Donations from attendees will go toward the Bend Roots fund, connecting local musicians with mentorship programs in schools. 

A grant from Visit Bend required them to advertise in areas outside of Central Oregon, which they hope will draw a larger crowd than normal. 

Ransom said the most people they have seen over a weekend in the past has been 3,500, and they expect to double that number this weekend. 

“We’re trying to inspire people to dive into the arts and to really look at what music can do in the community and for individuals. It’s a great way of approaching the world,” he said. 

“I hope people come away with a really deep rooted sense of community,” Fletcher added. “It’s all about the community really, bringing it back, and that they feel part of it, part of our Roots family.”

You can find more information about artists and venues on their website at bendroots.net

Bend Weekly Road and Traffic Report: September 26 – October 2

For the Week of September 26 – October 2:

  • Pacific Power infrastructure upgrades – Work along NW Portland Avenue with single lane closures and flagging (expect delays). The work will begin 9/26/22. 
  • SW Bluff Drive between SW Wilson Avenue and SW Bond Street for sewer main installation, full road closure, 9/26/22 – 9/30/22
  • NW Newport Avenue between NW Juniper Street and NW 15th Street for a natural gas service installation, single lane closure with flagging, 9/27/22
  • NW McKay Avenue between NW Riverfront Street and NW Riverside Boulevard for a sewer lateral installation, full road closure with local access, 9/26/22
  • 2022 Bend Fall Festival – This special event will close multiple streets within the downtown Bend area with detours around the closures (street closures listed below). Special event to take place 9/30/22 – 10/2/22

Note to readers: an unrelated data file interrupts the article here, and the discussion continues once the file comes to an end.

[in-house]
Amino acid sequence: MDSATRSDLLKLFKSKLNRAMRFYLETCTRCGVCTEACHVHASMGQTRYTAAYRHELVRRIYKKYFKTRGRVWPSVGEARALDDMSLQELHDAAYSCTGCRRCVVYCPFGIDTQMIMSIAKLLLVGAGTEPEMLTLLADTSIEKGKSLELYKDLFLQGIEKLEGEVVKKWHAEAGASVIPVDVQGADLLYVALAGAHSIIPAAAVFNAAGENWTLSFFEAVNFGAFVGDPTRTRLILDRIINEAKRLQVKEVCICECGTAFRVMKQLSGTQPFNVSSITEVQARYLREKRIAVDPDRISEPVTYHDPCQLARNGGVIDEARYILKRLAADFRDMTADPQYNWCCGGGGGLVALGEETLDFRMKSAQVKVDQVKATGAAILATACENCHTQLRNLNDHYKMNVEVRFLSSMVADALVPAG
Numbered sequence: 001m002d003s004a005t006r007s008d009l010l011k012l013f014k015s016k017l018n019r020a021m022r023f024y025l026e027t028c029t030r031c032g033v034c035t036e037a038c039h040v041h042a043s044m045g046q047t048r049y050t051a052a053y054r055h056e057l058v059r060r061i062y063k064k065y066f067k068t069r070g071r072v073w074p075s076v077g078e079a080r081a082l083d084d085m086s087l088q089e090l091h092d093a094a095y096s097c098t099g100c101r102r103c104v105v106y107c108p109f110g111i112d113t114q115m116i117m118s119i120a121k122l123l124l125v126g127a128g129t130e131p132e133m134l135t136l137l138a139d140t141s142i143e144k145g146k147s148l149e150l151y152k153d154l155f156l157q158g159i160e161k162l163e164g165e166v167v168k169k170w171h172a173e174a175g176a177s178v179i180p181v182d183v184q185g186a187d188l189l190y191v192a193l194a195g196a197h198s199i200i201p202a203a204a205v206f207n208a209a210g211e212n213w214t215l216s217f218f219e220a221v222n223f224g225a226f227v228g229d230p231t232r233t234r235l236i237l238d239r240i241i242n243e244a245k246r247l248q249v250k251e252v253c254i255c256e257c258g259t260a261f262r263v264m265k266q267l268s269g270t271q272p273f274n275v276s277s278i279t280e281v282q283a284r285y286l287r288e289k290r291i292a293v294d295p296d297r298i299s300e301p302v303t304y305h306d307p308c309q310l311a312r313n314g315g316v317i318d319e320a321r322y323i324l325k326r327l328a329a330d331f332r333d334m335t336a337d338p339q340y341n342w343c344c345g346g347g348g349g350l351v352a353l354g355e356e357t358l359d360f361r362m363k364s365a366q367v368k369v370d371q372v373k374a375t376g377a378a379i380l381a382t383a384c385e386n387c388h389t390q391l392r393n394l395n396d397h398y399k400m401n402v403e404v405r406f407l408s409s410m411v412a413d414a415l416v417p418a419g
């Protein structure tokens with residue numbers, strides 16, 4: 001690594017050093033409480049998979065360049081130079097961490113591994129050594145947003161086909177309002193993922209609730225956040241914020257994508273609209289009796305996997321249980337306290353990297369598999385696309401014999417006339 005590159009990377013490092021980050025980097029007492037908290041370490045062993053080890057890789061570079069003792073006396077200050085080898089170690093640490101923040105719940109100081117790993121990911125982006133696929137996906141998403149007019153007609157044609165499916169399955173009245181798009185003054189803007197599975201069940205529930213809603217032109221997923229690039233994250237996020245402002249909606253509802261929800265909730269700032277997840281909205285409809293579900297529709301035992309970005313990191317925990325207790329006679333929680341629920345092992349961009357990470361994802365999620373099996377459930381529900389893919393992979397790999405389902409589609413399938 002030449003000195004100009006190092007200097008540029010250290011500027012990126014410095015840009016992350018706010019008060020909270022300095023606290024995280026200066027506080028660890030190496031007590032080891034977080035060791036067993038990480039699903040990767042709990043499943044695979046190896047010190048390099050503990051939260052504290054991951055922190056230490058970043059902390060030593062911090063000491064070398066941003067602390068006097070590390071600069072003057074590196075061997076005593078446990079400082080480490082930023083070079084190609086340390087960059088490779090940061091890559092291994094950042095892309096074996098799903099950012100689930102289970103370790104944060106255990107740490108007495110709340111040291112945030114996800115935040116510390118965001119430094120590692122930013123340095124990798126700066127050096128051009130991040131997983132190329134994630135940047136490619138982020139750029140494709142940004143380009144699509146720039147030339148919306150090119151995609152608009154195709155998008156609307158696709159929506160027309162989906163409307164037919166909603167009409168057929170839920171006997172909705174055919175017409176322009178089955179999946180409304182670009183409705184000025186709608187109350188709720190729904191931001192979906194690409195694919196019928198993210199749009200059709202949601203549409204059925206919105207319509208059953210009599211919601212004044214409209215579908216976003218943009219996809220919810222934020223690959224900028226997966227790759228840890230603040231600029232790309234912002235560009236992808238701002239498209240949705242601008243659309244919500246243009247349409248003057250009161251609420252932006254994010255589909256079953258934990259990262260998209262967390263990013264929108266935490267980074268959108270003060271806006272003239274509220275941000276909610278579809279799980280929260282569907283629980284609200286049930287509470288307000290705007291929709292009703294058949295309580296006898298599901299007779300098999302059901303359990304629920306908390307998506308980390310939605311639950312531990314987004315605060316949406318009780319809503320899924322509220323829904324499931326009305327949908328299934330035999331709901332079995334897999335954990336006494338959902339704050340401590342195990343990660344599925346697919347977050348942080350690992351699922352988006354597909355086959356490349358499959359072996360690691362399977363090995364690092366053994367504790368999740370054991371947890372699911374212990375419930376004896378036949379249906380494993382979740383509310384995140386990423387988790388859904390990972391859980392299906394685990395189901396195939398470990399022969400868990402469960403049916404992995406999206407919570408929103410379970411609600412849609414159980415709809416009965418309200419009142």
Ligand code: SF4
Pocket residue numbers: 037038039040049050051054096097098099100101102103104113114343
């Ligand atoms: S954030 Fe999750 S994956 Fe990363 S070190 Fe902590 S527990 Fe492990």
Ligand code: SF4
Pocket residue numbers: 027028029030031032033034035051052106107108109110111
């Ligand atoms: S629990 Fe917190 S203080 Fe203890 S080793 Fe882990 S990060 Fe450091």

• NW Wall Street between NW Franklin Avenue and NW Newport Avenue
    • NW Minnesota Avenue between NW Wall Street and NW Lava Road
    • NW Oregon Avenue between NW Brooks Street and NW Bond Street

Ongoing Closures:

  • Brosterhous Road at the BNSF railroad undercrossing will have the northbound lane closure to accommodate pedestrian and bike traffic, alternating 2-way traffic in the southbound lane using a temporary traffic signal, begins 9/6/22
  • NW Crosby Drive between Skyliners Road and NW Elwood Lane for infrastructure installation, Southbound Lane closure with northbound open to access school, 9/6/22 – 10/7/22
  • Deschutes Market Road between Yeoman Road and Monticello Drive for Frontage improvements for Solis at Petrosa, northbound lane closure with detour, 8/29/22 – late October 2022
  • Wilson Corridor Improvements Project – Street improvements on Wilson from 2nd street to 15th street. For more information visit the Wilson Project website. This is a multiphase project with various intersections and road closures throughout its entirety.
    • SE Wilson Avenue between SE 9th Street and SE 15th street, Eastbound Lane closure with detour, 7/25/22 – Fall 2022.
  • ODOT 3rd Street Improvements – Infrastructure improvements along 3rd street from Butler Market Road to Greenwood Avenue. Various types of traffic control will be implemented during construction. Expected to be completed at the end of summer 2023. Street sections affected listed below.
    • single-lane closures in the Northbound and Southbound lanes on 3rd St. Between Greenwood Avenue and NE Olney Avenue
    • Butler Market to Mervin Sampels southbound slow lane closure